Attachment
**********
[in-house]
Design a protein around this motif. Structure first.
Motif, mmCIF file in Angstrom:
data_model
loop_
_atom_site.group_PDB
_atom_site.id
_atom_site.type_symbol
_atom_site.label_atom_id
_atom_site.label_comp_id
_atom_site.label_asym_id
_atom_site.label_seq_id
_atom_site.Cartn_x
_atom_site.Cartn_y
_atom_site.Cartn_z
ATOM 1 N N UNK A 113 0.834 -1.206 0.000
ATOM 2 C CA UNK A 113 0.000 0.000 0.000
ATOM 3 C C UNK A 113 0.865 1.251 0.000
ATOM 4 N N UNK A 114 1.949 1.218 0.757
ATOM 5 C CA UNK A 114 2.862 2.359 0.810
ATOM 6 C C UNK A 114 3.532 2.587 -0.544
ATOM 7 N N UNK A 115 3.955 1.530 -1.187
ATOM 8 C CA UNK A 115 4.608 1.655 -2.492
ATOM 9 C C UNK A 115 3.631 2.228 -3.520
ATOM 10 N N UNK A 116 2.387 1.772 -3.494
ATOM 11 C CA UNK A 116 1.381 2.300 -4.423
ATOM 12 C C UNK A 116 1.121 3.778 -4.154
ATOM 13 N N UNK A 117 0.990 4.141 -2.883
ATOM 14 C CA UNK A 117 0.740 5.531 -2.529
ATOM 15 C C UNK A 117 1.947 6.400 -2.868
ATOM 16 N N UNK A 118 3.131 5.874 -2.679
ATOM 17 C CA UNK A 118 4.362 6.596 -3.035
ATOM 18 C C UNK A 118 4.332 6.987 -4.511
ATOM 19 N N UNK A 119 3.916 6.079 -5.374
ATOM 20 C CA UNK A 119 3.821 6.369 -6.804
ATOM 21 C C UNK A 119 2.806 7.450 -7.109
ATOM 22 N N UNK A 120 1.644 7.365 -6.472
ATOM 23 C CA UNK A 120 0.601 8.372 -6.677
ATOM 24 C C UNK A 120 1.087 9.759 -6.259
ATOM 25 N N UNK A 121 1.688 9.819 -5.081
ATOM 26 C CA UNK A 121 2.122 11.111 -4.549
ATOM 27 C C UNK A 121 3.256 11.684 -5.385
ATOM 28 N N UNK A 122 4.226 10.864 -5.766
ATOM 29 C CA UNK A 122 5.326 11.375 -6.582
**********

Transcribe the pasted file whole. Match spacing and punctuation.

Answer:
[in-house]
Design a protein around this motif. Structure first.
Motif, mmCIF file in Angstrom:
data_model
loop_
_atom_site.group_PDB
_atom_site.id
_atom_site.type_symbol
_atom_site.label_atom_id
_atom_site.label_comp_id
_atom_site.label_asym_id
_atom_site.label_seq_id
_atom_site.Cartn_x
_atom_site.Cartn_y
_atom_site.Cartn_z
ATOM 1 N N UNK A 113 0.834 -1.206 0.000
ATOM 2 C CA UNK A 113 0.000 0.000 0.000
ATOM 3 C C UNK A 113 0.865 1.251 0.000
ATOM 4 N N UNK A 114 1.949 1.218 0.757
ATOM 5 C CA UNK A 114 2.862 2.359 0.810
ATOM 6 C C UNK A 114 3.532 2.587 -0.544
ATOM 7 N N UNK A 115 3.955 1.530 -1.187
ATOM 8 C CA UNK A 115 4.608 1.655 -2.492
ATOM 9 C C UNK A 115 3.631 2.228 -3.520
ATOM 10 N N UNK A 116 2.387 1.772 -3.494
ATOM 11 C CA UNK A 116 1.381 2.300 -4.423
ATOM 12 C C UNK A 116 1.121 3.778 -4.154
ATOM 13 N N UNK A 117 0.990 4.141 -2.883
ATOM 14 C CA UNK A 117 0.740 5.531 -2.529
ATOM 15 C C UNK A 117 1.947 6.400 -2.868
ATOM 16 N N UNK A 118 3.131 5.874 -2.679
ATOM 17 C CA UNK A 118 4.362 6.596 -3.035
ATOM 18 C C UNK A 118 4.332 6.987 -4.511
ATOM 19 N N UNK A 119 3.916 6.079 -5.374
ATOM 20 C CA UNK A 119 3.821 6.369 -6.804
ATOM 21 C C UNK A 119 2.806 7.450 -7.109
ATOM 22 N N UNK A 120 1.644 7.365 -6.472
ATOM 23 C CA UNK A 120 0.601 8.372 -6.677
ATOM 24 C C UNK A 120 1.087 9.759 -6.259
ATOM 25 N N UNK A 121 1.688 9.819 -5.081
ATOM 26 C CA UNK A 121 2.122 11.111 -4.549
ATOM 27 C C UNK A 121 3.256 11.684 -5.385
ATOM 28 N N UNK A 122 4.226 10.864 -5.766
ATOM 29 C CA UNK A 122 5.326 11.375 -6.582